Tuesday, March 25, 2014

What Will We Say About You When You're Gone?

          Have you ever noticed how a person is talked about while they're alive compared to what is said about them after they've passed away? It's usually very different.

          While they're alive, we speak glowingly of people by acknowledging their successes:  "Jim has risen to the level of  president of the company only 10 years after entering the corporation at the mail-room level," or "Janice has been able to bring in to her non-profit organization nearly triple the funds of her predecessor."

It changes

          Once that person is gone, however, what are considered noteworthy successes changes. It becomes:  "Jim generously opened his home every year to at-risk youth and provided mentoring opportunities to help inner city kids get ahead in school," and "Janice was known for her compassion and enthusiasm. She gave her time, money, and talents so local senior groups could participate in the arts that might not otherwise be available to them."

          Doesn't it look like one might be part of a resume and the other a part of a eulogy? Which one is more important? I'm not sure one is more important than another, but I am sure, when it's all said and done, I'd prefer the eulogy dialogue to linger after any mention of my name. Knowing this now, while we're above deck, so to speak, can be very valuable information.

Tuesday, March 18, 2014

On Searching for the Magic Bullet - Guest Blog Post by Margaret Stortz

          I am a believer, and being a retired minister, I have had many years of prayer, meditation and working with thoughts.  My particular belief system practices the life-affirming idea of Oneness with God, so it stands to reason that, once one with God, one is never not one with God.  I’m always mixing it up with the Infinite mentally and physically as well since I believe that the Divine Energies, left alone to do what is natural to them, continually renew and refresh the body.  My cohorts and I expect to feel more vital, younger and more able, and so we do…except for one thing…wrinkles.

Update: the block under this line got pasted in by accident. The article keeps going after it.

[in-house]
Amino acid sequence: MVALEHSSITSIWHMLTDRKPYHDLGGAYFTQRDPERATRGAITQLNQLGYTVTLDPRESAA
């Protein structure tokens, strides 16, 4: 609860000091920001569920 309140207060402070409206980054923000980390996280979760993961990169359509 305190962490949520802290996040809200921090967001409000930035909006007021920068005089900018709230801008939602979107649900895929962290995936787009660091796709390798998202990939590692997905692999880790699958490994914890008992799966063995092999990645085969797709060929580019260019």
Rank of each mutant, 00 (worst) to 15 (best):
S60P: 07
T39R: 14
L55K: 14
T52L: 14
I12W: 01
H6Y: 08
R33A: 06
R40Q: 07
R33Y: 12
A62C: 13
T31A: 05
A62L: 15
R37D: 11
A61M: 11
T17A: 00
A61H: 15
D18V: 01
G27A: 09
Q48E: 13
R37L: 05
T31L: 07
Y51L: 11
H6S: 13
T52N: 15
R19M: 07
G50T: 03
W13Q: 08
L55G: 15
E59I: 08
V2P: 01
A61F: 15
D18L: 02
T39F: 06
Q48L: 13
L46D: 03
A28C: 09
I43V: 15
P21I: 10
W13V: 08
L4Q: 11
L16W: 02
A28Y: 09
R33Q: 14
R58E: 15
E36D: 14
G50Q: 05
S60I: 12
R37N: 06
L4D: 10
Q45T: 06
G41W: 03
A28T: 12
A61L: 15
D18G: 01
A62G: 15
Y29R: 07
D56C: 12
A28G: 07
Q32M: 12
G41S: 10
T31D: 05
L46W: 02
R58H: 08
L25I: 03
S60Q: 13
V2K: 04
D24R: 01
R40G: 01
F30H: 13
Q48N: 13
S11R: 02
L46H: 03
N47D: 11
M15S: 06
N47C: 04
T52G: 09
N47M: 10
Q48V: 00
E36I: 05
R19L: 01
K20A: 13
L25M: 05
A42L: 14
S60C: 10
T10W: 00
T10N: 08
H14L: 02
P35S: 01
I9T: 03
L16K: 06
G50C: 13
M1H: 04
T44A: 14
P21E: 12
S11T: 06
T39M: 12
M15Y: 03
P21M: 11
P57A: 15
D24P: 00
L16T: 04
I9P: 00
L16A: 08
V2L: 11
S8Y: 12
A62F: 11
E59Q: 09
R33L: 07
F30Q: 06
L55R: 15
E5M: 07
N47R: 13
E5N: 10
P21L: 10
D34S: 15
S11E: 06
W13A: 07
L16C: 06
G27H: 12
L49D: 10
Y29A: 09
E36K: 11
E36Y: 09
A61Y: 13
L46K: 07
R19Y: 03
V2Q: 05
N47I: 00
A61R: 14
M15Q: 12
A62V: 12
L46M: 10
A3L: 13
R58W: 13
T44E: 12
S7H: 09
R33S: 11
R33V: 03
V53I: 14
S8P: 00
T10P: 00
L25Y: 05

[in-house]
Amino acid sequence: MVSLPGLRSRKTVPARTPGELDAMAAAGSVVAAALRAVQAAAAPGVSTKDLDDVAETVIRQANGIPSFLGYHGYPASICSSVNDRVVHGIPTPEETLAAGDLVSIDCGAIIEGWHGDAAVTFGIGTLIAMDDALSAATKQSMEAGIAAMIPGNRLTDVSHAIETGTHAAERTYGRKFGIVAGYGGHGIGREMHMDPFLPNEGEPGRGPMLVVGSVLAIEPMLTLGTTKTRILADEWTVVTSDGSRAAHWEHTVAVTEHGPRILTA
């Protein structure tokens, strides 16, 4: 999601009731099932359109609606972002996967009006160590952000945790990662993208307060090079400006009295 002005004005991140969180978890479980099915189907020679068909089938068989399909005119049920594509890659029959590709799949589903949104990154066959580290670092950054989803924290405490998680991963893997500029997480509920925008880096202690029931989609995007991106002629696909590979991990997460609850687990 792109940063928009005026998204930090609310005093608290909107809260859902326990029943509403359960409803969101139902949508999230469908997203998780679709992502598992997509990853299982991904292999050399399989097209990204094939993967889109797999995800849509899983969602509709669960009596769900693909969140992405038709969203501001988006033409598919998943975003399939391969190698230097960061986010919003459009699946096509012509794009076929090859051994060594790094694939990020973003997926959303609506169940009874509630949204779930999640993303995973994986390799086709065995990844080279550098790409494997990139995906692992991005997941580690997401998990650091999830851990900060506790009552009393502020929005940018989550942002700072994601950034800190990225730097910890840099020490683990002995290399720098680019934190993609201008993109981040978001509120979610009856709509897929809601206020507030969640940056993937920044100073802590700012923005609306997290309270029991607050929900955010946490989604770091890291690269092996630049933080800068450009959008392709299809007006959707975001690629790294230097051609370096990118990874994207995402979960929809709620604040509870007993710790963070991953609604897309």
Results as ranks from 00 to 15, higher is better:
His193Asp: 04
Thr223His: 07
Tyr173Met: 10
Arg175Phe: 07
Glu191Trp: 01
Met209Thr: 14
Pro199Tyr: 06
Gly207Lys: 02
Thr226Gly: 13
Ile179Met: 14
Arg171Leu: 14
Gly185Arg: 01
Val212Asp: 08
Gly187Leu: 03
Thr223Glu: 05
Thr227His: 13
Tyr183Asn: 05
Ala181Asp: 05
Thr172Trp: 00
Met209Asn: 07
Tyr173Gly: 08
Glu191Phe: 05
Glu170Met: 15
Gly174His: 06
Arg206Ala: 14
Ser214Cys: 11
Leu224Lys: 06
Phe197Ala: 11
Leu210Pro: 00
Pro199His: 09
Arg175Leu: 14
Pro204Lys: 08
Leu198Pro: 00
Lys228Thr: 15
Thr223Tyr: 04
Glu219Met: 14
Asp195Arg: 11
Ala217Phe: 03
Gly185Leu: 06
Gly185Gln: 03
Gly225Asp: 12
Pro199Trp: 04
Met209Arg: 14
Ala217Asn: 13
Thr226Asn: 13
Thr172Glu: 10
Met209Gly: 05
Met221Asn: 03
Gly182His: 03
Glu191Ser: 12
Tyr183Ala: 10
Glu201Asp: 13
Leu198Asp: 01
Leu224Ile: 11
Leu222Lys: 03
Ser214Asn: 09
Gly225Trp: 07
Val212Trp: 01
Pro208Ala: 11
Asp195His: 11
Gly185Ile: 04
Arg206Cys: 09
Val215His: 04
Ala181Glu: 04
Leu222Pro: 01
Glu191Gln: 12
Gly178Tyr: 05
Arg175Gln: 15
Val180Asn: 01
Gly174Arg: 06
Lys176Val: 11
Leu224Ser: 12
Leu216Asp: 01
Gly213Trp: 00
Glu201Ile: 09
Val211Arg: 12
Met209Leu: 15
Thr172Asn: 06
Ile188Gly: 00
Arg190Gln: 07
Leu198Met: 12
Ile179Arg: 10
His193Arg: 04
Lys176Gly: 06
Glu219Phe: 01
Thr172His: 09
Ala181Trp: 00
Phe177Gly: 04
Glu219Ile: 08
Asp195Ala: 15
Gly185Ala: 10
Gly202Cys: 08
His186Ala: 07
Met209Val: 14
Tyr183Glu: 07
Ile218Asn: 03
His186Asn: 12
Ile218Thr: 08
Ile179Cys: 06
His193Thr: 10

I have tried every prayer practice and every moisturizing, wrinkle-deleting cream known to man, and still I seem to be losing an inexorable battle with gravity inch by inch, year by year.  Yes, I could get a face lift, but then I feel I would be erasing some of my history.  After all, I may not be thrilled with wrinkles, but I did earn them.  I can remember some personal losses that popped out a new, facial crevasse or two.  Worry and grief are costly, and they remind us that we may be spiritual beings but we are also subject to our humanity as well.  This, too, is an unavoidable life progression.
                Is there a magic bullet, something that will smooth out my smiling face and make me a girly-girl again?  Maybe the search for magic is the problem.  There is nothing magic about living a full and honest life.  There is nothing magic about growing into ourselves either.  Some wag once said that growing older is not for sissies, and that wise one was right.  Enough looking for the magic bullet already!  I’ll just keep laying on the lead-lined sunscreen, appreciate where I find myself and remember that I have more life to share than ever.

Find more about Margaret at: